I Still Feel Dizzy

But, like Rufus Hound, I’m also angry

29th January 2014

Actor and comedian Rufus Hound has created a bit of a stir by announcing that he intends to stand as an MEP for the National Health Action Party. As he put it:

I’ve been tweeting endlessly over the past few months about the dangers the NHS currently faces, but over Christmas, something changed. My wife – similarly passionate – suggested that we were becoming “those people”. Those people who whinge on and on, wringing hands and asking “But why isn’t somebody doing something?!” – instead of actually doing something.

So, we decided that we’d do something.

First off, I applaud this decision. Even if I didn’t agree with his viewpoint on the NHS, I’d applaud it as a principled stand for something he passionately believes in. But I do agree, and I think the NHS is currently in grave danger of disappearing before our eyes, without us even realising until it is too late to act.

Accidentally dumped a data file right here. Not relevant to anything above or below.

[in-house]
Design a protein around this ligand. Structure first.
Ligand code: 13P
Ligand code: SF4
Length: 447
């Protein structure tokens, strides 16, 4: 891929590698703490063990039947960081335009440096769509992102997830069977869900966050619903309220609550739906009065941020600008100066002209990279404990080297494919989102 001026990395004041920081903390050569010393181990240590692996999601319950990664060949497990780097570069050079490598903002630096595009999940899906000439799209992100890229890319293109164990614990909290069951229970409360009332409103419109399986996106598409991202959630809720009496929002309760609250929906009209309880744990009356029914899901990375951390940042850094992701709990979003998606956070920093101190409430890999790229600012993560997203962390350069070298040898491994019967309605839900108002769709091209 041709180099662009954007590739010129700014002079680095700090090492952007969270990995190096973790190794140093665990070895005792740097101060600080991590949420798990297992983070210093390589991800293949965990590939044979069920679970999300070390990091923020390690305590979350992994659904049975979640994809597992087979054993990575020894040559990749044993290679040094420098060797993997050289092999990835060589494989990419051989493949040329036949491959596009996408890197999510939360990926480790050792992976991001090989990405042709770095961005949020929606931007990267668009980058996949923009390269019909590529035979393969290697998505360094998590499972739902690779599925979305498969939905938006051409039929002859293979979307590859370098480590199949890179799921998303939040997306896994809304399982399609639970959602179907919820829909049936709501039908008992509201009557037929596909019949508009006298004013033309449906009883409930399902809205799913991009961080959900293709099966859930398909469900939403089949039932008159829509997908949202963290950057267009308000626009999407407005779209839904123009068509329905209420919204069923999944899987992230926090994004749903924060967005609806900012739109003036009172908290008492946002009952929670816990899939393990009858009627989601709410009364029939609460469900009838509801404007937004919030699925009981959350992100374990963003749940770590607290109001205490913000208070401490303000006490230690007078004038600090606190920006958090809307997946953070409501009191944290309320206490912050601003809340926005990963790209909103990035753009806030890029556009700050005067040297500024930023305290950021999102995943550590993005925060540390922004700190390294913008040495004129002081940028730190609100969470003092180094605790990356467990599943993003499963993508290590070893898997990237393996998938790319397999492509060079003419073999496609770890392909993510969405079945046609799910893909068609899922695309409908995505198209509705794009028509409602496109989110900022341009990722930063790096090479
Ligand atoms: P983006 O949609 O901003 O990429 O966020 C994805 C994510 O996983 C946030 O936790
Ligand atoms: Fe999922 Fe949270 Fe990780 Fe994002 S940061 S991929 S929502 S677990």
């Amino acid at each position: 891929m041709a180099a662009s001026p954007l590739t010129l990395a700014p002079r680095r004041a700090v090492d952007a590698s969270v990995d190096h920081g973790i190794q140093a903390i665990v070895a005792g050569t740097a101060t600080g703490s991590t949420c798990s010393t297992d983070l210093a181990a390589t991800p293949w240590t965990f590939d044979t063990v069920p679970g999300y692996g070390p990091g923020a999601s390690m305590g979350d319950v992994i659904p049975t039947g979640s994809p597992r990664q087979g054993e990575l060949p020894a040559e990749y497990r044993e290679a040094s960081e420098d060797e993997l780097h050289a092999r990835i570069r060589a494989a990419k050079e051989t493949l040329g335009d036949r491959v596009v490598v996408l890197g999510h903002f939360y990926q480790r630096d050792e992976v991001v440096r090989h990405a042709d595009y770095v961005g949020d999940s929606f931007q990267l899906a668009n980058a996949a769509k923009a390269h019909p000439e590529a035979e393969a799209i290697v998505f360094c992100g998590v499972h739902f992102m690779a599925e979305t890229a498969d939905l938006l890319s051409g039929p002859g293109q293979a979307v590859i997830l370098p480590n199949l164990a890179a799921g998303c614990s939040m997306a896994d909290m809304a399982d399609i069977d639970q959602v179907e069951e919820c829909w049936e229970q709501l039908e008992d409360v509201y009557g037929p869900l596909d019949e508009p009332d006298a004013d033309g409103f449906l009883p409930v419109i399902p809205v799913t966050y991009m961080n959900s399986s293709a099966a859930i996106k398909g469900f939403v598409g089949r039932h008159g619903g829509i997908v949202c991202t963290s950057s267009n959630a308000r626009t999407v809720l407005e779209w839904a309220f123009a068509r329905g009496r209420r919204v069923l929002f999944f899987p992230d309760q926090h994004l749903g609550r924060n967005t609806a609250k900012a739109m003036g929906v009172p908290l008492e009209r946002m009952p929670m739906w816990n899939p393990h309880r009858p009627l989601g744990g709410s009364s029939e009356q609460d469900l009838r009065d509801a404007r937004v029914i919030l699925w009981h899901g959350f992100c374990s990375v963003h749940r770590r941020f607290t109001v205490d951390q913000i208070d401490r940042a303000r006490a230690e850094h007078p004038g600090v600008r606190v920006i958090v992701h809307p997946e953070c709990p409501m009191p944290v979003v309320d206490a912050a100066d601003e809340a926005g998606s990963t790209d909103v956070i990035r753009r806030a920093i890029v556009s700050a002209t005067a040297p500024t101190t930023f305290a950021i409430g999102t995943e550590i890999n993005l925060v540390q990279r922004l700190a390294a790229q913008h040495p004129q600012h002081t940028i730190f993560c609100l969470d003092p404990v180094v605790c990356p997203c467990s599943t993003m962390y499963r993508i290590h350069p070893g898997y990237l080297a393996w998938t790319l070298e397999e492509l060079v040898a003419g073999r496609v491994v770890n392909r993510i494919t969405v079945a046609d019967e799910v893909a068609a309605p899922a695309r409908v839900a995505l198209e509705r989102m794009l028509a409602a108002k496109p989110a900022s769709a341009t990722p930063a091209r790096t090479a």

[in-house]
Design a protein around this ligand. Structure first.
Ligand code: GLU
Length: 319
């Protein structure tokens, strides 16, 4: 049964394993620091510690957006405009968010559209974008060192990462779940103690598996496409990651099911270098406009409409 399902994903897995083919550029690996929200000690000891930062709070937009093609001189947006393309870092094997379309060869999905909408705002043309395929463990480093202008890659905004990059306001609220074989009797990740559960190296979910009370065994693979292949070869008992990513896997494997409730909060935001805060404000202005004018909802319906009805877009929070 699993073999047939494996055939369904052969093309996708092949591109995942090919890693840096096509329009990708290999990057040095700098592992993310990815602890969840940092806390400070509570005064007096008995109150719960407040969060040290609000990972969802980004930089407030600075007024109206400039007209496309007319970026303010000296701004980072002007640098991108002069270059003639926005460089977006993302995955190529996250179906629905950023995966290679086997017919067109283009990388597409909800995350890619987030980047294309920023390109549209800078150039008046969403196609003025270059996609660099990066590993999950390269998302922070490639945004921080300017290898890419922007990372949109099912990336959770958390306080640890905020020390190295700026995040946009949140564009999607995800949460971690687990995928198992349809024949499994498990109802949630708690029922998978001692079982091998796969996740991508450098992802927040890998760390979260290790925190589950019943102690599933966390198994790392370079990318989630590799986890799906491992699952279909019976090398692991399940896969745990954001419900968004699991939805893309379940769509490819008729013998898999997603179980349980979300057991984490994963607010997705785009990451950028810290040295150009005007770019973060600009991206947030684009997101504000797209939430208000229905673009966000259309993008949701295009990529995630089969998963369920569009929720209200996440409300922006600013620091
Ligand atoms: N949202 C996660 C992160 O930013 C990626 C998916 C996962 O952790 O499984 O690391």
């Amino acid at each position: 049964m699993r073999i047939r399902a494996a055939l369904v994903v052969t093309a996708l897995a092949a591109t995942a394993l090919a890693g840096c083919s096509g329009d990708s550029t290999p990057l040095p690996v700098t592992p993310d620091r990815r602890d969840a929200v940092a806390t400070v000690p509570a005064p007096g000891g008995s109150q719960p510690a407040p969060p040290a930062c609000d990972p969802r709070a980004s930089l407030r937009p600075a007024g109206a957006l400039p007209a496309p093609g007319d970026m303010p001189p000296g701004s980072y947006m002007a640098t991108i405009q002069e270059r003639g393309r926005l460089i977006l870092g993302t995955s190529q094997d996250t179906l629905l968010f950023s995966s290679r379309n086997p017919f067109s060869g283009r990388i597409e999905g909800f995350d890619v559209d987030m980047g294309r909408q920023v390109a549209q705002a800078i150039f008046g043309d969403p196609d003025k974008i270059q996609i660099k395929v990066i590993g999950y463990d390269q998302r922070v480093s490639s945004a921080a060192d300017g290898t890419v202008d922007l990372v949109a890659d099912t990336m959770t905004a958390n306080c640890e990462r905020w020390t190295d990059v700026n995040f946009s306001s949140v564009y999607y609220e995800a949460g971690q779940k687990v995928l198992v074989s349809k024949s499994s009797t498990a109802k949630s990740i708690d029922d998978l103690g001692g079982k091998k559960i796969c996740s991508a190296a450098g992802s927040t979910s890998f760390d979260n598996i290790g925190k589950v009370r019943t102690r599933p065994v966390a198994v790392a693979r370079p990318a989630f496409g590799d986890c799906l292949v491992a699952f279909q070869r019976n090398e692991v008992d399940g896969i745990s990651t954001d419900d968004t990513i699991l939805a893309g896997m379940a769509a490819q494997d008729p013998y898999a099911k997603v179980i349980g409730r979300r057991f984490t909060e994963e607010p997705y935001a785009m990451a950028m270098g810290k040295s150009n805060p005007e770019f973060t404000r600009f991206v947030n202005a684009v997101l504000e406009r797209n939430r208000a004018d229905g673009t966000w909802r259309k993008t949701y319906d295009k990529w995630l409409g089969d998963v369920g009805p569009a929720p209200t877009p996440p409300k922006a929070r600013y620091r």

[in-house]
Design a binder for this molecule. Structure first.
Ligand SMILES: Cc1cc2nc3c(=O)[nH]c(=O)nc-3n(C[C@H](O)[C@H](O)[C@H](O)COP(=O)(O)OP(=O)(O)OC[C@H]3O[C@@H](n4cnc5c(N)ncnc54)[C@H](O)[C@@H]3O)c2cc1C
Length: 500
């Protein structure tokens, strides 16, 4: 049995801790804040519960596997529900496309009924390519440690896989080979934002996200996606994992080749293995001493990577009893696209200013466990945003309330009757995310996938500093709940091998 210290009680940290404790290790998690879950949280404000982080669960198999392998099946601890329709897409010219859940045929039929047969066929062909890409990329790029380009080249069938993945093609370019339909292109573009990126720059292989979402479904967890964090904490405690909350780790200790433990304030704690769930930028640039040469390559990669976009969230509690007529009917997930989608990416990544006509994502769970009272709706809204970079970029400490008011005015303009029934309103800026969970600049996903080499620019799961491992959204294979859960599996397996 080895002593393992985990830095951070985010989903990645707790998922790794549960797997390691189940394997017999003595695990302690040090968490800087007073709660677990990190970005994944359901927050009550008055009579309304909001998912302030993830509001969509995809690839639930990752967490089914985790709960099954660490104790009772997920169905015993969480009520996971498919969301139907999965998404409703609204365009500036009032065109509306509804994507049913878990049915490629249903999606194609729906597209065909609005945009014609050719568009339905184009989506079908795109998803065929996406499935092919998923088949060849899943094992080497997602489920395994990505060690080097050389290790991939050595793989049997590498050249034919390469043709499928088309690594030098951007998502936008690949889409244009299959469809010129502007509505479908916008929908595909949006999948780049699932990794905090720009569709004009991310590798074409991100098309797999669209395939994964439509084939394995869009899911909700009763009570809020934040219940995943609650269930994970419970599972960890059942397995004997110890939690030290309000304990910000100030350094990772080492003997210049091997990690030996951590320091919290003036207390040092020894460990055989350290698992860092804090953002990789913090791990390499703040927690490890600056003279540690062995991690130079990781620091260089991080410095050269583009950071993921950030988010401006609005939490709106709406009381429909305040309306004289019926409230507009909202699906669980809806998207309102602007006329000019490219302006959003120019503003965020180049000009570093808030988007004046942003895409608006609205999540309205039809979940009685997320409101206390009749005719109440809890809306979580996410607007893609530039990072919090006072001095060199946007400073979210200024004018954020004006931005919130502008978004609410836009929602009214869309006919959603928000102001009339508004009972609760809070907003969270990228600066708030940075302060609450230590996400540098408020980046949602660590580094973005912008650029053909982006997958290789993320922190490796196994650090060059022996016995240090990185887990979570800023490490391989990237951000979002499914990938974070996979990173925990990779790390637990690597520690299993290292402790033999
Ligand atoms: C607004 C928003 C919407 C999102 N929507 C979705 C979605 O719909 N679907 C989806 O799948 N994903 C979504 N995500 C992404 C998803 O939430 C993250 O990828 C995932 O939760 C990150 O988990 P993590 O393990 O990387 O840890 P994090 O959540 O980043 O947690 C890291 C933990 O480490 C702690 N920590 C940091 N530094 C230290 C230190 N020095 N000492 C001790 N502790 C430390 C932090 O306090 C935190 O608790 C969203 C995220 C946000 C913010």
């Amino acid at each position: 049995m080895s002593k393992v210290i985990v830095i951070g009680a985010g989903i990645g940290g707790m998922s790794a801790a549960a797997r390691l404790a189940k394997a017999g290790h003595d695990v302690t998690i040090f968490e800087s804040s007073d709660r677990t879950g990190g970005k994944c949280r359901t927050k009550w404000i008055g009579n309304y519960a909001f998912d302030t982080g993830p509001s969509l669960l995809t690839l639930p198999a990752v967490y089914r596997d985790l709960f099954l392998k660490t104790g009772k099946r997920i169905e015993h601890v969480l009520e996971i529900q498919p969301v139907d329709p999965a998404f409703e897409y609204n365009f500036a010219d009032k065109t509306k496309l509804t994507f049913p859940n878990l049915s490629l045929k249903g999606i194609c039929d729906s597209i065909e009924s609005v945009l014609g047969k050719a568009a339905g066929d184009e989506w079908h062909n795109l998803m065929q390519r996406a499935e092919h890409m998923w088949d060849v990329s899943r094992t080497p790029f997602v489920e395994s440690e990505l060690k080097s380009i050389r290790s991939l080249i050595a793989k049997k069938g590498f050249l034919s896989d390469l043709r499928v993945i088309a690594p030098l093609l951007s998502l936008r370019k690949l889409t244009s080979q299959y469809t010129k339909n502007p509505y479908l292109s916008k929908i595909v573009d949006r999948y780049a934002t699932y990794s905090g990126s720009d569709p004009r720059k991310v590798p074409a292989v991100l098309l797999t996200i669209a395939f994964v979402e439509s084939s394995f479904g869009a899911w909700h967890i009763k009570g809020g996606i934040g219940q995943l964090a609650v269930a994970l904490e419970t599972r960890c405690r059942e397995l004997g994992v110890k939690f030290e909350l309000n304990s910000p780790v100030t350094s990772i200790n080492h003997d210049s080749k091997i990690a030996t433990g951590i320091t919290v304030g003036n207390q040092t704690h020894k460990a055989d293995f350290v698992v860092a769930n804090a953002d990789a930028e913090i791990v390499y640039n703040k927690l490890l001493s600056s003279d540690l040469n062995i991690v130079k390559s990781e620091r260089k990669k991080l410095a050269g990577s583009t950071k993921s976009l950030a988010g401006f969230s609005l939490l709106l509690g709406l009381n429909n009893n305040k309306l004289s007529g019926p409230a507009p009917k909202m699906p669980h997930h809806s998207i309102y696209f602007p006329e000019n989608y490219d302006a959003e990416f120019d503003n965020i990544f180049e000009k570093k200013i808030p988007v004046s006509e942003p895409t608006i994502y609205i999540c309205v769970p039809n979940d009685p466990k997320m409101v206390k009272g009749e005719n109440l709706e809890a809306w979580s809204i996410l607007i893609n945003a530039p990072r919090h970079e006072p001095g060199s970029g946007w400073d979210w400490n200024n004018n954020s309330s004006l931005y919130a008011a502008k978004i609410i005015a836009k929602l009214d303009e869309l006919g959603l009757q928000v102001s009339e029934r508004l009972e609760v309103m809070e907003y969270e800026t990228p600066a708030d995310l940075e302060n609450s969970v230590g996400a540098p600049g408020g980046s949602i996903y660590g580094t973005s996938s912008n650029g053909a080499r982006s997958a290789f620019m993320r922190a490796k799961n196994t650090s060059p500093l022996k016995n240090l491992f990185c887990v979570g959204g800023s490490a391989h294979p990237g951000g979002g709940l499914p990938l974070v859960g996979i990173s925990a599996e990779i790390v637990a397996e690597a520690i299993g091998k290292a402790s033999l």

I also identified with his initial inertia, and the realisation that if something was going to be done, he would have to do it. His words made me see the same inertia in myself, and it prompted me to join the NHA Party, which campaigns to save the NHS.

I was delighted to see Rufus Hound warmly responding to one of my tweets on Sunday morning:


Here’s a little journey into why I’ve joined up.


Shoot the Messenger

There has been a lot of debate since Rufus tweeted this: